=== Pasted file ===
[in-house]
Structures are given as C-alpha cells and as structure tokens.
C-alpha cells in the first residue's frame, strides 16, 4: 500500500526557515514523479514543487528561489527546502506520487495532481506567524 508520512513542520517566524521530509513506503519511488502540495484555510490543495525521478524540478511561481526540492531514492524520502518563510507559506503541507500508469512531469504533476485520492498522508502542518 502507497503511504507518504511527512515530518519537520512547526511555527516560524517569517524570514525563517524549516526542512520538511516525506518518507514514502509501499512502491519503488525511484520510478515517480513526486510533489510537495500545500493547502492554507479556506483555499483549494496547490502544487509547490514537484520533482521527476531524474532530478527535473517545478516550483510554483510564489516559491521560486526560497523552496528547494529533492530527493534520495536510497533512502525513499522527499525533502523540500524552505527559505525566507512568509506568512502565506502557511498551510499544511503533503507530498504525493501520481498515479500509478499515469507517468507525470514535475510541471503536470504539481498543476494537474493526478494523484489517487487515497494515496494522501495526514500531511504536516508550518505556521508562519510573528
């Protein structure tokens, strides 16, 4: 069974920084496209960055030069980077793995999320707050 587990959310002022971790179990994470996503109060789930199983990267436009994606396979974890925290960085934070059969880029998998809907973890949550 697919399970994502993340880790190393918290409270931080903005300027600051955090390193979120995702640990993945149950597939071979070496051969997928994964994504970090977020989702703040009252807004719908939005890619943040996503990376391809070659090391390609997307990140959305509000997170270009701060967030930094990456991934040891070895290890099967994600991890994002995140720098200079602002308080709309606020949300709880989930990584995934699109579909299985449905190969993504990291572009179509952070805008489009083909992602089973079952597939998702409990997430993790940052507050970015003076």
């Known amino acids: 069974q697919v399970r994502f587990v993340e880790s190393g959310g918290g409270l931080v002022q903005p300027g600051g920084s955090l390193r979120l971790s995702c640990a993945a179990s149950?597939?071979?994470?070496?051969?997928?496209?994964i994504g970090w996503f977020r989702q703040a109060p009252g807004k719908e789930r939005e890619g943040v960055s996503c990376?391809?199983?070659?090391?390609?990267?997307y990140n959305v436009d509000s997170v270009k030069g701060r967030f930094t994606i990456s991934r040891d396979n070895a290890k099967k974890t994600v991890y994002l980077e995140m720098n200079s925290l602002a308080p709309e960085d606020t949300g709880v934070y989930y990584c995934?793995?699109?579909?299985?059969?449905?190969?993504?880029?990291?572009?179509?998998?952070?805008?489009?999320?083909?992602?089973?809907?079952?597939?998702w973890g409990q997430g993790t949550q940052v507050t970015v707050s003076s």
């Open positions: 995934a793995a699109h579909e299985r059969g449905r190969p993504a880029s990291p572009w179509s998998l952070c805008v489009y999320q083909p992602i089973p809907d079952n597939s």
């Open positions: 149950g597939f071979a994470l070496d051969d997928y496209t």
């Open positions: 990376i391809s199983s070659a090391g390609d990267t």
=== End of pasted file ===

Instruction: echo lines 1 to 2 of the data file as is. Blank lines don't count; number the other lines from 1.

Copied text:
[in-house]
Structures are given as C-alpha cells and as structure tokens.